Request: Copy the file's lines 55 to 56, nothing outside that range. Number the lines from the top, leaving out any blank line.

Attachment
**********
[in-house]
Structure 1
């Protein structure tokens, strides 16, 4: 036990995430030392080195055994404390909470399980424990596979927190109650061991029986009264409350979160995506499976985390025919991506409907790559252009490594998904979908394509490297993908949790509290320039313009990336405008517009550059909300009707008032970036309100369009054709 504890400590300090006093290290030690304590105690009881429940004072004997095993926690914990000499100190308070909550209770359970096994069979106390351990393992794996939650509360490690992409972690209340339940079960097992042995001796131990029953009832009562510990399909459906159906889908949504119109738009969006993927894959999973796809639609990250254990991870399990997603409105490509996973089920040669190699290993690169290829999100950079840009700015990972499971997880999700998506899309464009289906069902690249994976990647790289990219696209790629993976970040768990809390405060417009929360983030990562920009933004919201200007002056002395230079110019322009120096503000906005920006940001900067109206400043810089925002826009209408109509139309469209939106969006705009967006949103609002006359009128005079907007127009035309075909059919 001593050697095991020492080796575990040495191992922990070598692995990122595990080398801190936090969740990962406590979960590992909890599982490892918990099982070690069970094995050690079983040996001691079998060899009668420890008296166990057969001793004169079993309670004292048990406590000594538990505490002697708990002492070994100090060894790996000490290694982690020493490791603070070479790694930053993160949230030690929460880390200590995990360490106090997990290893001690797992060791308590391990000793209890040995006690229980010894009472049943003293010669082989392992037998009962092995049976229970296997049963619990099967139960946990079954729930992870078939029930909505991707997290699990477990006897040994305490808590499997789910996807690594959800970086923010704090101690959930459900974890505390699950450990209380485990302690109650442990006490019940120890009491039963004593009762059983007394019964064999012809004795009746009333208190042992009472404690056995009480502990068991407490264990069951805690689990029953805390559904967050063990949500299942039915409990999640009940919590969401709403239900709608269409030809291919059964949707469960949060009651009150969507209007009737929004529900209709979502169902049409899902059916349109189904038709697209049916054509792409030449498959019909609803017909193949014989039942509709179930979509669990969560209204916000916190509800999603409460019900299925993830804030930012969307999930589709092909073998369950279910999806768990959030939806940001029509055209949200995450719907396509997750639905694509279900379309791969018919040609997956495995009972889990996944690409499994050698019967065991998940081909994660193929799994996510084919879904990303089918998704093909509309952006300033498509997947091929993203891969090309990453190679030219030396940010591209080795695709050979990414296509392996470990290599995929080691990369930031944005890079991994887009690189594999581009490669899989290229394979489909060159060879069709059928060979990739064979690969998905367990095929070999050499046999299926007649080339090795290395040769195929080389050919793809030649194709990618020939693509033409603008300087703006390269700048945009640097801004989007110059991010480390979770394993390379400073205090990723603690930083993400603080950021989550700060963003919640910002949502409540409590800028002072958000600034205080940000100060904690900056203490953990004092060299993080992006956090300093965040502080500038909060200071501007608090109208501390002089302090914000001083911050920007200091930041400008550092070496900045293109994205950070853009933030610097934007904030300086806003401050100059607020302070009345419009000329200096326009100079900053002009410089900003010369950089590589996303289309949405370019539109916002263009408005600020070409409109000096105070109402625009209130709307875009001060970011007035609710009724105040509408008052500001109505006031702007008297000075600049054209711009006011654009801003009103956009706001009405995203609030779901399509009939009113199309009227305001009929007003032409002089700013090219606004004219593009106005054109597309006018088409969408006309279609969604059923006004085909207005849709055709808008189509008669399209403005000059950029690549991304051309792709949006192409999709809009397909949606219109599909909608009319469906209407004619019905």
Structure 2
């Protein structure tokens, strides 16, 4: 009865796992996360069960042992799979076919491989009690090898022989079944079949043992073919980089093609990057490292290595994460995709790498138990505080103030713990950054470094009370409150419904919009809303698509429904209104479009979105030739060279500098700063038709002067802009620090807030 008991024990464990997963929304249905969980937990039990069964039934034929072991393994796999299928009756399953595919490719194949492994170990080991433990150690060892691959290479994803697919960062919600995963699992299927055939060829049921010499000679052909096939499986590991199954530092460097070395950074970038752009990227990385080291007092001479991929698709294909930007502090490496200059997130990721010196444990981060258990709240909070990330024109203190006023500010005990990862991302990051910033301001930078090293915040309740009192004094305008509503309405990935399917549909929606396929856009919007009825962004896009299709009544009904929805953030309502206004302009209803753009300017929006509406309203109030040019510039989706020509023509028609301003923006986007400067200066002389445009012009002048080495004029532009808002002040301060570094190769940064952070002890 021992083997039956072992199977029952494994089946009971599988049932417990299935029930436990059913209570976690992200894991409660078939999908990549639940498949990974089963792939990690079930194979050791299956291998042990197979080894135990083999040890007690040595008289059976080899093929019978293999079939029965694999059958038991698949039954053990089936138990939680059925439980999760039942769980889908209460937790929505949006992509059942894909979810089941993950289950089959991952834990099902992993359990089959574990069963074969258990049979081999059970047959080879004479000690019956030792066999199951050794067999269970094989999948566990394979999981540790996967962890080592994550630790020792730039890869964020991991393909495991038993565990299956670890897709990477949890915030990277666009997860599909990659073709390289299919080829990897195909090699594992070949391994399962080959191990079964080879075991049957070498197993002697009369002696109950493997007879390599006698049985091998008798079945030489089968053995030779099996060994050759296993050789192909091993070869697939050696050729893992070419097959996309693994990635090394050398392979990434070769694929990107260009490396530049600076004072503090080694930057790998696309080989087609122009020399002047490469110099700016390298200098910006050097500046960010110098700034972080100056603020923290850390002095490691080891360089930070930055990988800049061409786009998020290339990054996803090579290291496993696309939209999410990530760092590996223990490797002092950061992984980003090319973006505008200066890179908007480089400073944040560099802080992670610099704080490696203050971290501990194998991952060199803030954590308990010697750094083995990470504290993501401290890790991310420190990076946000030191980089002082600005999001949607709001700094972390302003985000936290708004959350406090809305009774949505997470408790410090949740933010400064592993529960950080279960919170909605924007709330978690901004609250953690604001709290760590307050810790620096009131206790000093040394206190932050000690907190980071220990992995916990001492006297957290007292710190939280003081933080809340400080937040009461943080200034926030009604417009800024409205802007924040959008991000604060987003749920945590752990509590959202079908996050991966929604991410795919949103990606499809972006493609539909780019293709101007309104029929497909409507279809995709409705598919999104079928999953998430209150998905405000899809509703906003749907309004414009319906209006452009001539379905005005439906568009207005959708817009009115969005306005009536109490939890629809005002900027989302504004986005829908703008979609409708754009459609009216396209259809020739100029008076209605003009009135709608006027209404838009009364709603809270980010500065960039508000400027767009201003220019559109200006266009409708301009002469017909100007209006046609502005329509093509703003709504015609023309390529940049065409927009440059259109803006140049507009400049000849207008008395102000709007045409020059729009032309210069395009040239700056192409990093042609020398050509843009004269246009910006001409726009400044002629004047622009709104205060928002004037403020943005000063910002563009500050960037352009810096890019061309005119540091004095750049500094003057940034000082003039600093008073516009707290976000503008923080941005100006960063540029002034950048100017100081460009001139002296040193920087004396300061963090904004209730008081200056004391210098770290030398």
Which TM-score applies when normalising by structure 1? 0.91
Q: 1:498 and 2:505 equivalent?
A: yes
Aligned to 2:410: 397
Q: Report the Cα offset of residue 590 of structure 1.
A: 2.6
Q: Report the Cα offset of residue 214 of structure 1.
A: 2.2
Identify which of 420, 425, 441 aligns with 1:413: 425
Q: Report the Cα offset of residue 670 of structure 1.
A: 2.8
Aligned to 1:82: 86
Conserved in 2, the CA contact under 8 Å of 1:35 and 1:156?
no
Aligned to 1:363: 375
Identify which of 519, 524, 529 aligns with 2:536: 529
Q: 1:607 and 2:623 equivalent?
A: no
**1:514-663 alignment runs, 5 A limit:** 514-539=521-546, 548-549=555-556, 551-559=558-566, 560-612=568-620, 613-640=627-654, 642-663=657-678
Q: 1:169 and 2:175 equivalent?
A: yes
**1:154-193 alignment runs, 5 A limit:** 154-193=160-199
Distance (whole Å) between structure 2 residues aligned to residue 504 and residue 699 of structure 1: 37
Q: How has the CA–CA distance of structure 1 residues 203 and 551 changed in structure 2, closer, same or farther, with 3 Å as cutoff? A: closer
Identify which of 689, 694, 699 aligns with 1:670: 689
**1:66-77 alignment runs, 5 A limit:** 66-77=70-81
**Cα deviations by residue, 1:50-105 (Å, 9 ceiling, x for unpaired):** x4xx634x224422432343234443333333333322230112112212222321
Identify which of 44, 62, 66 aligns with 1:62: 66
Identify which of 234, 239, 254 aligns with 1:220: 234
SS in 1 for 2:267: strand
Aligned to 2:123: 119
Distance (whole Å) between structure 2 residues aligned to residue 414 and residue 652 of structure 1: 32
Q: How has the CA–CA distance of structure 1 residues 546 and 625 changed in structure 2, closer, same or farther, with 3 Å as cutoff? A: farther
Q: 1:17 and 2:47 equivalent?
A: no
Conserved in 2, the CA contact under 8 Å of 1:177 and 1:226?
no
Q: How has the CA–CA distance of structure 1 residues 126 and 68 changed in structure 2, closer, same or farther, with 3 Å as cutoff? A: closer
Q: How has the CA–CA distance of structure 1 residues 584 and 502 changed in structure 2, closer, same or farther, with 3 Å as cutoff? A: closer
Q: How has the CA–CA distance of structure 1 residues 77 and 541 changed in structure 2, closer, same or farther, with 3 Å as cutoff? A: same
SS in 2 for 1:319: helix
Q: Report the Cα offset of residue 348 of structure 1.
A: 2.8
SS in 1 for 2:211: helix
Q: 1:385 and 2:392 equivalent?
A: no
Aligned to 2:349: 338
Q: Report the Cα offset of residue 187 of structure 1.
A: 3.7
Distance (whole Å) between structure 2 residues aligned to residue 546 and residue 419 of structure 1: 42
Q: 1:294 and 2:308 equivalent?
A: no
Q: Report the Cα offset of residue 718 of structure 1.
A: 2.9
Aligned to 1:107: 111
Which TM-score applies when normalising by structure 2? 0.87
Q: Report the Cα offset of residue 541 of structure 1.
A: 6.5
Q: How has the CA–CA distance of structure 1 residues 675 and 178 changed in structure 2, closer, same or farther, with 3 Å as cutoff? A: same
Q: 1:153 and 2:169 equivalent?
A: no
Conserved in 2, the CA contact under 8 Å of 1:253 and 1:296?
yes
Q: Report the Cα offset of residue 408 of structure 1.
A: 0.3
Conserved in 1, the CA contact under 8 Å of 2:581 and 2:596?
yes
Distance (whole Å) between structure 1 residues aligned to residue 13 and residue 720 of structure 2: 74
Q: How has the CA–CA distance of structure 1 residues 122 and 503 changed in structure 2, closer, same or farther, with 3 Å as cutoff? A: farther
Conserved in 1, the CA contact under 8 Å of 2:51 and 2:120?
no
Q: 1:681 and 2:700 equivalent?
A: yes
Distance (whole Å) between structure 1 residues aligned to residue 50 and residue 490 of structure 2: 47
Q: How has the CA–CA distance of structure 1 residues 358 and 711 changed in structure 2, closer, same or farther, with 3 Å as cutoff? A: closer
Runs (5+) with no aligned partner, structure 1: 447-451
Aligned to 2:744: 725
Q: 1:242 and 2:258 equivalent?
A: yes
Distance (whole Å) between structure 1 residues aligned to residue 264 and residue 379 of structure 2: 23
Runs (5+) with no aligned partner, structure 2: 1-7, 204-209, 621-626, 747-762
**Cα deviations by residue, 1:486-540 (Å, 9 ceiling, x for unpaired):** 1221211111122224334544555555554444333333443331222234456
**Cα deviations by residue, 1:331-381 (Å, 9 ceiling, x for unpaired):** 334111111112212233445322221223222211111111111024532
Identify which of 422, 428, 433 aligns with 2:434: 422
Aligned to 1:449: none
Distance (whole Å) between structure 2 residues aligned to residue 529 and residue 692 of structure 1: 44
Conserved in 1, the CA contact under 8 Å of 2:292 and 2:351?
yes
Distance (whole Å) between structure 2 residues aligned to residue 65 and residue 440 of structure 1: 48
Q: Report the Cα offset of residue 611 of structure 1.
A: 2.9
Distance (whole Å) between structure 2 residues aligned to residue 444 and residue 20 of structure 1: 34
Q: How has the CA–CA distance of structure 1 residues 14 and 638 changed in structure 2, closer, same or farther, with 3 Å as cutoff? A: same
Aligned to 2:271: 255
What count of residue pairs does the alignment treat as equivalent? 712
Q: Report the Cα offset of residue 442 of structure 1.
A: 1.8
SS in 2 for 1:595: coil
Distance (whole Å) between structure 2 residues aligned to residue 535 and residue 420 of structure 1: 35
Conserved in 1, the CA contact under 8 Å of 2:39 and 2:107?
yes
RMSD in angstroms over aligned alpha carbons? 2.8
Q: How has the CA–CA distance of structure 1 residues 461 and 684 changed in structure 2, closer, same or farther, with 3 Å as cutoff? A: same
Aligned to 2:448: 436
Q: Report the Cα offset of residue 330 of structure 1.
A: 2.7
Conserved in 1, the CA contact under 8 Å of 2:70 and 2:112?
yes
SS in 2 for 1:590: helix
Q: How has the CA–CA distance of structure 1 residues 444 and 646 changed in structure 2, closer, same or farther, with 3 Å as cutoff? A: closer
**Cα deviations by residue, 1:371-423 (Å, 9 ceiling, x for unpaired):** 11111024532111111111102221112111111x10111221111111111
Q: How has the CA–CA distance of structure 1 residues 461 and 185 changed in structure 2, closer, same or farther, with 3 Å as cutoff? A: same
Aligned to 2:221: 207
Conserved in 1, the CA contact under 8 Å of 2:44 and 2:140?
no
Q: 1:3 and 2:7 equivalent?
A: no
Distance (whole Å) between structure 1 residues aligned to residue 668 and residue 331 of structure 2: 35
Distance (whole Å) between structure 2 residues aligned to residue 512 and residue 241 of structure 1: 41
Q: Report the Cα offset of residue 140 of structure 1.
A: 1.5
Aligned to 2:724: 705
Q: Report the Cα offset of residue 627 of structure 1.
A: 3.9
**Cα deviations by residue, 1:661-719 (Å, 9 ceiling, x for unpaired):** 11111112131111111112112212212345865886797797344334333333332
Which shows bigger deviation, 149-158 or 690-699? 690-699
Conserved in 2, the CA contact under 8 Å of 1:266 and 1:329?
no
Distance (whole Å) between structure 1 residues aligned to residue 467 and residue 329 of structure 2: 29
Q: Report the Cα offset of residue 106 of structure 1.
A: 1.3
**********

Distance (whole Å) between structure 2 residues aligned to residue 546 and residue 419 of structure 1: 42
Q: 1:294 and 2:308 equivalent?